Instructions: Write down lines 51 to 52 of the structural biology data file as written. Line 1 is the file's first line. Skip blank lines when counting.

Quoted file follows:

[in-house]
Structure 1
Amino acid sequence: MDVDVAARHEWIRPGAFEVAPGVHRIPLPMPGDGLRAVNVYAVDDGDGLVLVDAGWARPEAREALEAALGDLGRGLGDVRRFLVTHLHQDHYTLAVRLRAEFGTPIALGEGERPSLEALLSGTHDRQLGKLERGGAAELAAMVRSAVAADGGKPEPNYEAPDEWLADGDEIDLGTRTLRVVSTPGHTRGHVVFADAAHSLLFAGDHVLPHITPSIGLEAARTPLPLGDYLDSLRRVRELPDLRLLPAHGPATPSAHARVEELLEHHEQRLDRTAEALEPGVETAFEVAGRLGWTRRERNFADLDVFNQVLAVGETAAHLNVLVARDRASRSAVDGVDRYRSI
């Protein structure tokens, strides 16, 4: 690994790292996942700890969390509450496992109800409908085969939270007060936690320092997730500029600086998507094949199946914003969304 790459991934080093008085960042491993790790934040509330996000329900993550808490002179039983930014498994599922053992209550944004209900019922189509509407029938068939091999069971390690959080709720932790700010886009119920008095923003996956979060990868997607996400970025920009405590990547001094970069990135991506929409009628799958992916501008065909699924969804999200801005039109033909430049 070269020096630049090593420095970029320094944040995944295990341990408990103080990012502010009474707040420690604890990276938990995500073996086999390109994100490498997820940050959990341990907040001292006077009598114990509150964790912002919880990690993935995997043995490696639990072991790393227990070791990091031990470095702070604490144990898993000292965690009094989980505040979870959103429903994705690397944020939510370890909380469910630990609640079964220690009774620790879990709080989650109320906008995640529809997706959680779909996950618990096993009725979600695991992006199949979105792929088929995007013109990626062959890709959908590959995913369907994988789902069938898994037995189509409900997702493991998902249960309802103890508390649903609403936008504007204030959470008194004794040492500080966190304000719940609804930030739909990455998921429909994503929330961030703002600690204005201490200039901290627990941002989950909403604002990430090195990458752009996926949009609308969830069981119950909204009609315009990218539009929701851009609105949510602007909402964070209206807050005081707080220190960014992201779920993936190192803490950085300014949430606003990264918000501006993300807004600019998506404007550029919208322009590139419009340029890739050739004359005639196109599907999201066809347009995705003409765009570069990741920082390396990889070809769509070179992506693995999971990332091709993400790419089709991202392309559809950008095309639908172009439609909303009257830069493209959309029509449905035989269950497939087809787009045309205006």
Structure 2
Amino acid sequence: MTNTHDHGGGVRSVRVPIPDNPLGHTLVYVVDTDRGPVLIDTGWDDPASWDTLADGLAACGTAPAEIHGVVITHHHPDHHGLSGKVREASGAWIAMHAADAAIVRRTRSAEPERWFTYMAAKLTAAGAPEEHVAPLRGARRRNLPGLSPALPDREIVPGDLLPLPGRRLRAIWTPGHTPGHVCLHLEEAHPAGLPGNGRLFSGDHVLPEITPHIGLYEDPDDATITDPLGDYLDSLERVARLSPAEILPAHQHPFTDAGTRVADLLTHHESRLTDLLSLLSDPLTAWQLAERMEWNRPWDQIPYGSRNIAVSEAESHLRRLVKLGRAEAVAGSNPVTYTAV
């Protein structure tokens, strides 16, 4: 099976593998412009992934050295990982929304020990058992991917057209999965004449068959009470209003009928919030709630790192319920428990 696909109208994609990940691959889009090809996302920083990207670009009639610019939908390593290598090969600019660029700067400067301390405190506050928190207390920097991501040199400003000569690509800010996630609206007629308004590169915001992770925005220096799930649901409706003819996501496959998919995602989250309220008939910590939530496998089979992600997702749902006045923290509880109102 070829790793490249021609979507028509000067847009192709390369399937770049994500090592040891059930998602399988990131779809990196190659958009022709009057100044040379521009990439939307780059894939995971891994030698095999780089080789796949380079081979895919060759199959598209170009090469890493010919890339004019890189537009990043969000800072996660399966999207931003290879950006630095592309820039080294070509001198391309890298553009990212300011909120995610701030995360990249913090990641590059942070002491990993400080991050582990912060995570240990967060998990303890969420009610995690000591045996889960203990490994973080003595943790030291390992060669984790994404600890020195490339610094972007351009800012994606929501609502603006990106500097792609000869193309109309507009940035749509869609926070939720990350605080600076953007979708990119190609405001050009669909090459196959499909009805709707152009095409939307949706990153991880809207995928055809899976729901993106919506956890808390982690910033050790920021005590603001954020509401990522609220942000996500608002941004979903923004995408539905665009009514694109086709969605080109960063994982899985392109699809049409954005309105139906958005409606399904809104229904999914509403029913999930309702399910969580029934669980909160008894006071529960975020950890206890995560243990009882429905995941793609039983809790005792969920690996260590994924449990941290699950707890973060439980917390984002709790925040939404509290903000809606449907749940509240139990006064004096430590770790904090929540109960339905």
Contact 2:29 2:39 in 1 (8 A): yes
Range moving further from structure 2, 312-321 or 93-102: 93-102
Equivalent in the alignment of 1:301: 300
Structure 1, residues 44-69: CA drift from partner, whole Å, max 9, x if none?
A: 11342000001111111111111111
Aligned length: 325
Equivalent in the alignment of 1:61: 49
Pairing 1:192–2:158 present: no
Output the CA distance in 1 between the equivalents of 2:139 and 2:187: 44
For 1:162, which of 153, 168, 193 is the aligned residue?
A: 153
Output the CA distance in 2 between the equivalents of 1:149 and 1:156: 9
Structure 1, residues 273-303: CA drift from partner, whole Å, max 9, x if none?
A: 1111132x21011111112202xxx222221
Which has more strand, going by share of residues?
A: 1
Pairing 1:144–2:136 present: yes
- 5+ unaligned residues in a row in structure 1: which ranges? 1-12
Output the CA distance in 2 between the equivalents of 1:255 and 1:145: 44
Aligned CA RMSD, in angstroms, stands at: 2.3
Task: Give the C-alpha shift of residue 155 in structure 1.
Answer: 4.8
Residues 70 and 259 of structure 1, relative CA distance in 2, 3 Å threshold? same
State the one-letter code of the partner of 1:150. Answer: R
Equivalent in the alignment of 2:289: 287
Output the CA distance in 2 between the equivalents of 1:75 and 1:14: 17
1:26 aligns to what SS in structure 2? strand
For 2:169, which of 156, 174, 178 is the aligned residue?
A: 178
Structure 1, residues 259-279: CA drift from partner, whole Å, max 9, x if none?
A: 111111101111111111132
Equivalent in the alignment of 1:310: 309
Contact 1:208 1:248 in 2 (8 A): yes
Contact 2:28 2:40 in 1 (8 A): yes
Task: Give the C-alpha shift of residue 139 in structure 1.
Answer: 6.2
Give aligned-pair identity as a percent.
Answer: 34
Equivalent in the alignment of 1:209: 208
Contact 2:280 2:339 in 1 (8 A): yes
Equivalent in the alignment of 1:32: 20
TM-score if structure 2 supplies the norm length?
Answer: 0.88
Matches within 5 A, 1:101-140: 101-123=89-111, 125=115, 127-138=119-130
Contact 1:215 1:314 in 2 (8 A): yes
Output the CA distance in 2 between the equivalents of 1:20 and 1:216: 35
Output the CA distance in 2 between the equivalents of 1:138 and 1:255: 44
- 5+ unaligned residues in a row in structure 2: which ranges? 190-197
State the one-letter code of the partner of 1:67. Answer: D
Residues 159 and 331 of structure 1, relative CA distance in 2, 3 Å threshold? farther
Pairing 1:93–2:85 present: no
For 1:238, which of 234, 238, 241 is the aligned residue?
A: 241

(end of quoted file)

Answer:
Matches within 5 A, 1:101-140: 101-123=89-111, 125=115, 127-138=119-130
Contact 1:215 1:314 in 2 (8 A): yes